Illnesses, I will argue, are almost more difficult. There’s a lot of grey area. Should you or shouldn’t you run? Is exercise going to make you feel better, or exacerbate your issues? While not directly related to your running, they certainly affect it, as it’s hard to do any type of exercise when you’re feeling bad. Read more

Factors That Affect Your Marathon Training Mileage

mileageYou did it! You registered for a marathon! Whether it’s your first or your 50th, the next step is usually formulating a plan of how you are going to get to the start and finish lines. Enter the training plan creation stage or, if you have a coach, the conversation about how things are going to look for the next few months.

Even if you are a veteran marathoner, each training cycle represents a different time in your life that presents you with fresh obstacles around which you need to tweak your training. For instance, some teachers may choose to train for fall rather than spring marathons, as they have more time in the summer to dedicate to training. Other times, life gets busy and you realize that you just cannot fit in the time that you were able to last training cycle and you have to adjust accordingly.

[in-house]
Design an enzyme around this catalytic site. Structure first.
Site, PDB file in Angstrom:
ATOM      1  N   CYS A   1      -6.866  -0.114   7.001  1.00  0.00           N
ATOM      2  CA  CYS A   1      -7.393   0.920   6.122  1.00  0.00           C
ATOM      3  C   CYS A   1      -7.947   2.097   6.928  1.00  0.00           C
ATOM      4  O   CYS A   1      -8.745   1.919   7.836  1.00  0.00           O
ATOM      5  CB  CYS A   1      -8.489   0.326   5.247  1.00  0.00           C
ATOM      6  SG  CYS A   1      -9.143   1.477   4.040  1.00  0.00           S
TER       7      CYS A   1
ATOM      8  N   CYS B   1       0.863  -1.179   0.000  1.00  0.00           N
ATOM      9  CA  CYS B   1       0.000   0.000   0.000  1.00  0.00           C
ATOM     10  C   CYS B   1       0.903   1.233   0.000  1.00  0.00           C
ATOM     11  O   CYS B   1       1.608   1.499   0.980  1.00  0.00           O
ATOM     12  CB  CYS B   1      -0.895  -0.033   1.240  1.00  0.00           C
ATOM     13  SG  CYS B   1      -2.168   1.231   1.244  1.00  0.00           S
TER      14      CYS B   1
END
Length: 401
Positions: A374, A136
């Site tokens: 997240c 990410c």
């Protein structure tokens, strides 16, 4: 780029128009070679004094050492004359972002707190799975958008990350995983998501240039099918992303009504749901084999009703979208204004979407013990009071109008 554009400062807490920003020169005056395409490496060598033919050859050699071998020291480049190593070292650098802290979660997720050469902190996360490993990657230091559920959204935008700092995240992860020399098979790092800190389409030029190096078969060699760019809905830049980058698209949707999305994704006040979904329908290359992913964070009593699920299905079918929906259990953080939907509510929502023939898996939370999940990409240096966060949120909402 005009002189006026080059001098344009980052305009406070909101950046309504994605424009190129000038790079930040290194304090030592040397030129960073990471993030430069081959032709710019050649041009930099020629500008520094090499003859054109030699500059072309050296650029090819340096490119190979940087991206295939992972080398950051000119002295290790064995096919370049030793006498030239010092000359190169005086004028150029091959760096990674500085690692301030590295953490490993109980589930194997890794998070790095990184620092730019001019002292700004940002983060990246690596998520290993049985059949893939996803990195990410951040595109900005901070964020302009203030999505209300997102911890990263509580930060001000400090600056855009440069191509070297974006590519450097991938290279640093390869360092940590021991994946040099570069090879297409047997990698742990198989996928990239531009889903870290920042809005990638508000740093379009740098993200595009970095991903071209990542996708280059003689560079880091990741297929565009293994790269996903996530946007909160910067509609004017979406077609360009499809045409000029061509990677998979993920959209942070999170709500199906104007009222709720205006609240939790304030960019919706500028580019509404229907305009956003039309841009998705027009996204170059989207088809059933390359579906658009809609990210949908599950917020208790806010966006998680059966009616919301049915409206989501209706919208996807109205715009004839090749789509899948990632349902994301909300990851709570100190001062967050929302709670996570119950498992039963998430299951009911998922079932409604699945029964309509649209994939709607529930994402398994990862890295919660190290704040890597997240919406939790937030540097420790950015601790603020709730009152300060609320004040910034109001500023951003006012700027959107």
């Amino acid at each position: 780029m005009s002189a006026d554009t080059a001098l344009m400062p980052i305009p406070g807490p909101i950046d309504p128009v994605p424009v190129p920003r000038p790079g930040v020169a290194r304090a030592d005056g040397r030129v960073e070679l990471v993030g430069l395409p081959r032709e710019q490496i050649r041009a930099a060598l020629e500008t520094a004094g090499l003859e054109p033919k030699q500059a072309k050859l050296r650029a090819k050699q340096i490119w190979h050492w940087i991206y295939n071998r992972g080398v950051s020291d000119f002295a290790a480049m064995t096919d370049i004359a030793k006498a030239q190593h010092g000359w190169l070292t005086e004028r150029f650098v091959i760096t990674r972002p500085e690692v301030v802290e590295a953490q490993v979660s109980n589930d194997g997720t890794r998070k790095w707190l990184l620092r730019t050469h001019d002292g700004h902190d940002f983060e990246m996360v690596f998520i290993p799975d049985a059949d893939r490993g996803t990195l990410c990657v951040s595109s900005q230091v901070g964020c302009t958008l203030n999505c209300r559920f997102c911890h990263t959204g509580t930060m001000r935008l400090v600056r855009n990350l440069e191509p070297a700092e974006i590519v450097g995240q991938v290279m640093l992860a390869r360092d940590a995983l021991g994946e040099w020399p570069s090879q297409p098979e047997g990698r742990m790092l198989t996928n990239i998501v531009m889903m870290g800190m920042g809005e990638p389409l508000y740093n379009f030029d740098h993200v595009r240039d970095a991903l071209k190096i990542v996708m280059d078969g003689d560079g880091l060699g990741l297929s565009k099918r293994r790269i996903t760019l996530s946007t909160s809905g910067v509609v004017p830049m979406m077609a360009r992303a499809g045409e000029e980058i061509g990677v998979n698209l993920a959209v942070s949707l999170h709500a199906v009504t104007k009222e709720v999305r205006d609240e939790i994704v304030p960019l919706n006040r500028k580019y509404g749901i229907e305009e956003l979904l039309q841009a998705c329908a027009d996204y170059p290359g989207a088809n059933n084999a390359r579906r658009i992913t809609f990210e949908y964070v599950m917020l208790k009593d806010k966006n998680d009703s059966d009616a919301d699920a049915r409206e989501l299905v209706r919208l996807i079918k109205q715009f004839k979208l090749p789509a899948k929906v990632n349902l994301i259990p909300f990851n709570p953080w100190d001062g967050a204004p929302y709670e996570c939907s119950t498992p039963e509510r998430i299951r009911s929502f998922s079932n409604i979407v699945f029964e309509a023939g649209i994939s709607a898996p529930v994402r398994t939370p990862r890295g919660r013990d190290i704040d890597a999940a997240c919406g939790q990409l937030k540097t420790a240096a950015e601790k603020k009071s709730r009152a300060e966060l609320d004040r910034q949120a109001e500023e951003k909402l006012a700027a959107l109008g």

There are many schools of thought out there when it comes to marathon training, and as you become more experienced and read about what others are doing, you may start feeling the pressure to add more weekly mileage to your schedule. But how do you know what’s right for you? Of if you have a coach, what can you discuss with her that will help her decide? What factors should you take into consideration?

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Is A Coach Worth It?